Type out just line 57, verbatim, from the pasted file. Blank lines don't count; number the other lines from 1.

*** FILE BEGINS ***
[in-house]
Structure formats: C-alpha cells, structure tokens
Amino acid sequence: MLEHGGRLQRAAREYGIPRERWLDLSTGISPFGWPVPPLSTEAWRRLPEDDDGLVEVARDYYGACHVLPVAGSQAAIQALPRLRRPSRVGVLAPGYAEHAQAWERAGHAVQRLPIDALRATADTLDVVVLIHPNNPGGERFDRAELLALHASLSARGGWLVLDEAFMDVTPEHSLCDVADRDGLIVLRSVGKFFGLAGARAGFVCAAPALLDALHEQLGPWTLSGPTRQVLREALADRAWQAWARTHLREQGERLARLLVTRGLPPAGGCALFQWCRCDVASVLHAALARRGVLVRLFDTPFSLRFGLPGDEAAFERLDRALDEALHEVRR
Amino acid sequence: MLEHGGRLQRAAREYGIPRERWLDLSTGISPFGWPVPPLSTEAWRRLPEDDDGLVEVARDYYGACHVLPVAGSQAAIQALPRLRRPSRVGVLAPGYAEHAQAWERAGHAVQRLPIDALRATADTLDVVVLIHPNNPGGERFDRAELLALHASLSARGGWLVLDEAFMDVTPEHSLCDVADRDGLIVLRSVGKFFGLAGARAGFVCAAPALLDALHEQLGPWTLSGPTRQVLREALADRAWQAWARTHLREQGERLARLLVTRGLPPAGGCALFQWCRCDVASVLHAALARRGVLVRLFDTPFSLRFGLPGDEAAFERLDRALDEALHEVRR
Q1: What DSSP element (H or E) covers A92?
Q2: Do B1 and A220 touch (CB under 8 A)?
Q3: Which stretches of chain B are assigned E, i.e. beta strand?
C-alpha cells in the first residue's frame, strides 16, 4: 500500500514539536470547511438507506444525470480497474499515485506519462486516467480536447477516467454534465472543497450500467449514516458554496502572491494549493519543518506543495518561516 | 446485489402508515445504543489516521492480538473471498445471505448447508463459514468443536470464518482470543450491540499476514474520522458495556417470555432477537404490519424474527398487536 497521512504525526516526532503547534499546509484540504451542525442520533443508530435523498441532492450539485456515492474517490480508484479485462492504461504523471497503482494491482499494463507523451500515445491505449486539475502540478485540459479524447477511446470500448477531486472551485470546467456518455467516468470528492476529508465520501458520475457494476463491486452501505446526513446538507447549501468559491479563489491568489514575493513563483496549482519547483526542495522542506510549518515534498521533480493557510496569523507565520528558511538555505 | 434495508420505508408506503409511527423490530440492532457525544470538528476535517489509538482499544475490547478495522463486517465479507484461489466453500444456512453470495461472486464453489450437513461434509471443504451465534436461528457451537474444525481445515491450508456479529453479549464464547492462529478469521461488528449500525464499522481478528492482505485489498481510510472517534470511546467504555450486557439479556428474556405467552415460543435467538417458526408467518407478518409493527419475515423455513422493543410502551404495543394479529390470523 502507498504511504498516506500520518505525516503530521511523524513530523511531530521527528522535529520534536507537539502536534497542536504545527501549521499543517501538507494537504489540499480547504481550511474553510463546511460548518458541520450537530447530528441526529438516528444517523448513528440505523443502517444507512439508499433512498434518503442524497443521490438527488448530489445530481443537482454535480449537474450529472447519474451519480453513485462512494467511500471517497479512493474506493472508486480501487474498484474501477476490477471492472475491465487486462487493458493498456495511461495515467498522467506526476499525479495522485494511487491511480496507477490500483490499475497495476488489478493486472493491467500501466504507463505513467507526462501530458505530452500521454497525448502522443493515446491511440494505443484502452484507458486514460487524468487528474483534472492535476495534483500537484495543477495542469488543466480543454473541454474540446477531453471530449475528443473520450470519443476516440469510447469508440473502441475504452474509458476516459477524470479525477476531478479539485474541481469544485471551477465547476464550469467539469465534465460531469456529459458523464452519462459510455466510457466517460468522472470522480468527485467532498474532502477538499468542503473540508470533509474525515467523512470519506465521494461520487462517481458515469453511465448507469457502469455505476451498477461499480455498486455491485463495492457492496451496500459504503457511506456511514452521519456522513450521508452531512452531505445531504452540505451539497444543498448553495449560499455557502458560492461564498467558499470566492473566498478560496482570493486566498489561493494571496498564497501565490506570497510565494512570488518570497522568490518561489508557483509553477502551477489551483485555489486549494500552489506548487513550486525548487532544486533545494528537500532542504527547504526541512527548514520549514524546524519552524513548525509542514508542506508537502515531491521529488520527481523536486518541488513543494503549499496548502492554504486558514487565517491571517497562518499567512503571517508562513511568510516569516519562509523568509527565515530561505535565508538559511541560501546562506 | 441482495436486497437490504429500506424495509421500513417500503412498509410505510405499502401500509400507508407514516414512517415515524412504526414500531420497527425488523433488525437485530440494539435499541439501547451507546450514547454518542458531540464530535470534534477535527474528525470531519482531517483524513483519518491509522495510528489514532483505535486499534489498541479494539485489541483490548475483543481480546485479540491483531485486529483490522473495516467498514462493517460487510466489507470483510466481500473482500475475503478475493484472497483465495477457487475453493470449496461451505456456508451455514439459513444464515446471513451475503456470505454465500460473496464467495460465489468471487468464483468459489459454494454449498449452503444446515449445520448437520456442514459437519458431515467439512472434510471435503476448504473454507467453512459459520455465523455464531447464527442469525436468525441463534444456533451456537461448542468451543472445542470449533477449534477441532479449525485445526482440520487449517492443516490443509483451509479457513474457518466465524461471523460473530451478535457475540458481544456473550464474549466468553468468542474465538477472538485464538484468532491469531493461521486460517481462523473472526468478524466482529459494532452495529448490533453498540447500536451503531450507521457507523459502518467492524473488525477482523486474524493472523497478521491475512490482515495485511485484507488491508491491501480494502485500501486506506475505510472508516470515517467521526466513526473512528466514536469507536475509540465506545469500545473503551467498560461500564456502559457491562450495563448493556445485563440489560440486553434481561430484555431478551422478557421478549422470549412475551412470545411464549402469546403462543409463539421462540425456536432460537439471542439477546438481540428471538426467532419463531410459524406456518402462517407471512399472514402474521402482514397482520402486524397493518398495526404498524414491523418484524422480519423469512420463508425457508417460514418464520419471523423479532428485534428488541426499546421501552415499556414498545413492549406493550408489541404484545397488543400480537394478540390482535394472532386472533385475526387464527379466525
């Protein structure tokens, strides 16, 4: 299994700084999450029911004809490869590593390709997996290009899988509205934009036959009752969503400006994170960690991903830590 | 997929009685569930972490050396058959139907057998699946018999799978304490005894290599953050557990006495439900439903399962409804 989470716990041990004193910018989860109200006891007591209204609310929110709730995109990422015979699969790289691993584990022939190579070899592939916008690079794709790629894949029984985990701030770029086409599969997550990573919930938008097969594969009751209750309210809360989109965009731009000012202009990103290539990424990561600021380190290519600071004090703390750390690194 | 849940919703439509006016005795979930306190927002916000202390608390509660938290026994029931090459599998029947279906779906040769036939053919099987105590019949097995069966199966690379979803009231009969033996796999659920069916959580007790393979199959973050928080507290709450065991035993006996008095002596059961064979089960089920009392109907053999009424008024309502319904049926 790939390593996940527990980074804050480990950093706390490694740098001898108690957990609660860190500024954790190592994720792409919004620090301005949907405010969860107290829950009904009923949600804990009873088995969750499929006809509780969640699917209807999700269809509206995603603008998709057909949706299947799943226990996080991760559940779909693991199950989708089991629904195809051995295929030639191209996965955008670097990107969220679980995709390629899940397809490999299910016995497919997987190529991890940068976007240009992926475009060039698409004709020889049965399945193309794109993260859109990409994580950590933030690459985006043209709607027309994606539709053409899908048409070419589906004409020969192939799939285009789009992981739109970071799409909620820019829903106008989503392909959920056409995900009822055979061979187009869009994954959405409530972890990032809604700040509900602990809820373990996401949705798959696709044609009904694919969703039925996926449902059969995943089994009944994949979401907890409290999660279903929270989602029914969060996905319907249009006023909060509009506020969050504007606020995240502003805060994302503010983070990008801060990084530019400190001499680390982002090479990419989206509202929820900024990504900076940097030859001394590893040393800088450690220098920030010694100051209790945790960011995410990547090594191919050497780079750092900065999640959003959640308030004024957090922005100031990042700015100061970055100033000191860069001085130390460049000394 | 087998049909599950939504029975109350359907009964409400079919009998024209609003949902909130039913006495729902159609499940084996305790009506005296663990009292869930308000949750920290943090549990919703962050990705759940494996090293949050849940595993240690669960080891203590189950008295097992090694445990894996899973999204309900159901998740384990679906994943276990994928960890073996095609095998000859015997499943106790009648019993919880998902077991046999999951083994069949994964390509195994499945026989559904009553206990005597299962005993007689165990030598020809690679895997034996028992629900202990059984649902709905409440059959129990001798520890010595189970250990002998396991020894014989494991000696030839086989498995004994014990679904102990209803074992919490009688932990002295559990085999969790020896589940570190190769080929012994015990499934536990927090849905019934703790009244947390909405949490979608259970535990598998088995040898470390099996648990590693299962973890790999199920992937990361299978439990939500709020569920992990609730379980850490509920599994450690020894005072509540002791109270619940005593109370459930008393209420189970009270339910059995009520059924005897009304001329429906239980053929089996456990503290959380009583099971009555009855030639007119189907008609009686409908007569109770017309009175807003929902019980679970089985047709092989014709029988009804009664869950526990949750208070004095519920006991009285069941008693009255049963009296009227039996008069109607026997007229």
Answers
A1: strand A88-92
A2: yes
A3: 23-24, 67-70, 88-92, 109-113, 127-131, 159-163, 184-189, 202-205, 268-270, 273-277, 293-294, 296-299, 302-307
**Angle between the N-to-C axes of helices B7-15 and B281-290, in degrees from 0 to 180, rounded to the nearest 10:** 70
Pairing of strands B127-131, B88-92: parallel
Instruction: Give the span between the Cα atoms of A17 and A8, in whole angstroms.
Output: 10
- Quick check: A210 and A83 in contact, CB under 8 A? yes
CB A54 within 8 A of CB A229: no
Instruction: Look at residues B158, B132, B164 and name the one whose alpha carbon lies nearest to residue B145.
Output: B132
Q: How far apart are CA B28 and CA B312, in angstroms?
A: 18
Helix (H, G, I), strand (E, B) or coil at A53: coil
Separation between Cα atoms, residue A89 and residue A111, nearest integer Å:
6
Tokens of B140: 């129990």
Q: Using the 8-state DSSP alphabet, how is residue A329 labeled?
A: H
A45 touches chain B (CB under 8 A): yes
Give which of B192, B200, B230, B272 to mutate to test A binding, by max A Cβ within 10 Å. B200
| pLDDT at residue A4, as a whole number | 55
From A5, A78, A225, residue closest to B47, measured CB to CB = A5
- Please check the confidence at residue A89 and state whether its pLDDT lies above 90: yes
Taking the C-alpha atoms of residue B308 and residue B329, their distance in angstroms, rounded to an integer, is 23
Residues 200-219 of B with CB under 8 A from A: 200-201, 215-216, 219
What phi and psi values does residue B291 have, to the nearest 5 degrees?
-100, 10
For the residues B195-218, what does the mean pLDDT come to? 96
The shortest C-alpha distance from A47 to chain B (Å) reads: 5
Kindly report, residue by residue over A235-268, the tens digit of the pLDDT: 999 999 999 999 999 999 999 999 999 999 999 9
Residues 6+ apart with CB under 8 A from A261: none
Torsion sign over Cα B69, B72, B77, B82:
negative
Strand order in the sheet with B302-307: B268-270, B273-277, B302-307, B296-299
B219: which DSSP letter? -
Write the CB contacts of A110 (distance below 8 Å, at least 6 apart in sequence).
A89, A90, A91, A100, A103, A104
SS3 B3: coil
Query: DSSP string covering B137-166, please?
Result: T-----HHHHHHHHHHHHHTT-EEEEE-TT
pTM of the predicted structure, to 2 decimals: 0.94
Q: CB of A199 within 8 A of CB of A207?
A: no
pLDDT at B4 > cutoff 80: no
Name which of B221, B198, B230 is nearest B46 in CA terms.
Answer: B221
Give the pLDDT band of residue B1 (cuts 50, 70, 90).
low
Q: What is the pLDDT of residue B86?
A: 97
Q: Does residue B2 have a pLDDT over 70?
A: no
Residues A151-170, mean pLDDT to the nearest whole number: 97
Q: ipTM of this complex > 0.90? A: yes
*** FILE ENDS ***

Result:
Answer: B221